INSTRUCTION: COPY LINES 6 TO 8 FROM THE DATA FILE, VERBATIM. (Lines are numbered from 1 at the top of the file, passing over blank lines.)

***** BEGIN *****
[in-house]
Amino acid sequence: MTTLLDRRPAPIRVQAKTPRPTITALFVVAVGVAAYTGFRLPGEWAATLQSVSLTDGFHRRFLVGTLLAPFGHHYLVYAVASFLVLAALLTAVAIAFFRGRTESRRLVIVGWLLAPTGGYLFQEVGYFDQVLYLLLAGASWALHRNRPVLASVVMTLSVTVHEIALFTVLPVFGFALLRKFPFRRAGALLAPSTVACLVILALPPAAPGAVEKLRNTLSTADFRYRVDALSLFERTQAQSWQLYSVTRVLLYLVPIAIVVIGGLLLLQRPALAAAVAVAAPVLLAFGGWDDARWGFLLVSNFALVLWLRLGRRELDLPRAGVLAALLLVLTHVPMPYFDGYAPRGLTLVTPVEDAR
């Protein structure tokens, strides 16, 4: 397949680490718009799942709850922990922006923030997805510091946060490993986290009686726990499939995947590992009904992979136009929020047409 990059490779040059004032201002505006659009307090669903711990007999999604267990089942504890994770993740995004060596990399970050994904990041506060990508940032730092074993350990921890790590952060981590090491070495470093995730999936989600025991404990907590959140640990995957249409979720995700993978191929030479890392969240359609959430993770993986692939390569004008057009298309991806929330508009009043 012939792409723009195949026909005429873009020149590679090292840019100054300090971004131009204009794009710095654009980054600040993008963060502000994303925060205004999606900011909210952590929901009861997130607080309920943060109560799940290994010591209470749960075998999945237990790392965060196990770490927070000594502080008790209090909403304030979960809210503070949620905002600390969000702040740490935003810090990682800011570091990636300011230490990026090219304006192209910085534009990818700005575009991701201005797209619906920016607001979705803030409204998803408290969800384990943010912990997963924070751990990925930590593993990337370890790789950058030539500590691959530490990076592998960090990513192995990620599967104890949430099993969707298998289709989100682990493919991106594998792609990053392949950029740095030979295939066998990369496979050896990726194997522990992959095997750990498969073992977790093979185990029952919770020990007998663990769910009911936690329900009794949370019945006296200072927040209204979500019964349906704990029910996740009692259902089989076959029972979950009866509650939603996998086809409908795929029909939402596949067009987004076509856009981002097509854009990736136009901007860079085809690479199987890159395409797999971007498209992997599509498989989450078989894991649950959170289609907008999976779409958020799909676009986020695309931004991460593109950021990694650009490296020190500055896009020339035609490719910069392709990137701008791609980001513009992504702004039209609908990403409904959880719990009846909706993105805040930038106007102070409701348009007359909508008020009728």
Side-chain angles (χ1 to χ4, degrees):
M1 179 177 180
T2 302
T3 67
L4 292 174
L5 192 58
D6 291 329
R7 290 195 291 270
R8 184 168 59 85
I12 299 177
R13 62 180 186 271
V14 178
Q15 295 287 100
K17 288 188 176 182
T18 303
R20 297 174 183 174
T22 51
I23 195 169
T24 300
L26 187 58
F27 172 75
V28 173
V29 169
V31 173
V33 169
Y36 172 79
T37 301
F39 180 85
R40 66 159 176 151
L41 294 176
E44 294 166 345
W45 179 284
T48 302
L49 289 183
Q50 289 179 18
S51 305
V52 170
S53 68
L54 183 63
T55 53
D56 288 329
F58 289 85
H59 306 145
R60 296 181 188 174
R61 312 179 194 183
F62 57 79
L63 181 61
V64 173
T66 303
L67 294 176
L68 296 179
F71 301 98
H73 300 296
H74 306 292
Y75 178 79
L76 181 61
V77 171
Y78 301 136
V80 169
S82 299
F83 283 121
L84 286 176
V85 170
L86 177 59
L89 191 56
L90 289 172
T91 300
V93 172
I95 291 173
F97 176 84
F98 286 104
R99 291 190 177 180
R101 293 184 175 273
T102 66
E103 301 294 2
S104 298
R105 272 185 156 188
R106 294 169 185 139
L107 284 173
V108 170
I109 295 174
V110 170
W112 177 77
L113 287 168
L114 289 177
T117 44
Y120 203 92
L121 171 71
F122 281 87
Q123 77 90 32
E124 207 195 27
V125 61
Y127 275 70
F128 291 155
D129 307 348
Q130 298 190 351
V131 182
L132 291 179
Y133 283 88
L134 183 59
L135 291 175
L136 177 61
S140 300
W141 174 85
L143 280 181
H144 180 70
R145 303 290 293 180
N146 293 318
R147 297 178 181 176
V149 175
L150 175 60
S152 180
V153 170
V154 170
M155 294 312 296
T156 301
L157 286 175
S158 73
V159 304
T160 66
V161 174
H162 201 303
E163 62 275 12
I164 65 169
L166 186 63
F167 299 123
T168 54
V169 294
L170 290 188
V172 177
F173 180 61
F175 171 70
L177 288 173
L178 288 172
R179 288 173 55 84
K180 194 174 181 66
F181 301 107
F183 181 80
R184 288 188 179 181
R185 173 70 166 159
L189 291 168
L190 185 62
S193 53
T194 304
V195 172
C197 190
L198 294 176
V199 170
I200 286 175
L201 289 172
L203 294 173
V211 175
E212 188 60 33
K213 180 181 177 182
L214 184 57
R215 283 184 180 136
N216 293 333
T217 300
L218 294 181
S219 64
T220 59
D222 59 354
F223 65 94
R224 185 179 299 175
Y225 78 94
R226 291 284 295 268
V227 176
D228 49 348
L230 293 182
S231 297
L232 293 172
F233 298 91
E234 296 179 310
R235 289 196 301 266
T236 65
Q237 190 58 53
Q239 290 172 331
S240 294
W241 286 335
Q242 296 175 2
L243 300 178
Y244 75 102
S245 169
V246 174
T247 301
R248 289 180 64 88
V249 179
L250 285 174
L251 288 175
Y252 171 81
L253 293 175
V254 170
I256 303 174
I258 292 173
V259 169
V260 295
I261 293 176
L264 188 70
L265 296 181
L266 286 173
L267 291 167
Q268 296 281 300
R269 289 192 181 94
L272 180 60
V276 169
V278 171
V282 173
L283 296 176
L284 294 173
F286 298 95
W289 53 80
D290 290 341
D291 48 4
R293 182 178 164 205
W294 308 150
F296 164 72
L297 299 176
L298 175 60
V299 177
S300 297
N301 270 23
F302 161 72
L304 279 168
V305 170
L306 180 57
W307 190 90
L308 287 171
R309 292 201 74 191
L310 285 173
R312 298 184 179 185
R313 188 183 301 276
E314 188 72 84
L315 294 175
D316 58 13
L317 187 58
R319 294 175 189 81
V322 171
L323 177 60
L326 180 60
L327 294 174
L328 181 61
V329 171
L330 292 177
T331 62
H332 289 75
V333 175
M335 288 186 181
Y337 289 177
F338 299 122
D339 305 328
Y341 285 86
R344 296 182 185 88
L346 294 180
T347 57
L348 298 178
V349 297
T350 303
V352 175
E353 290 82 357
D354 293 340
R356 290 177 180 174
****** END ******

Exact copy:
T2 302
T3 67
L4 292 174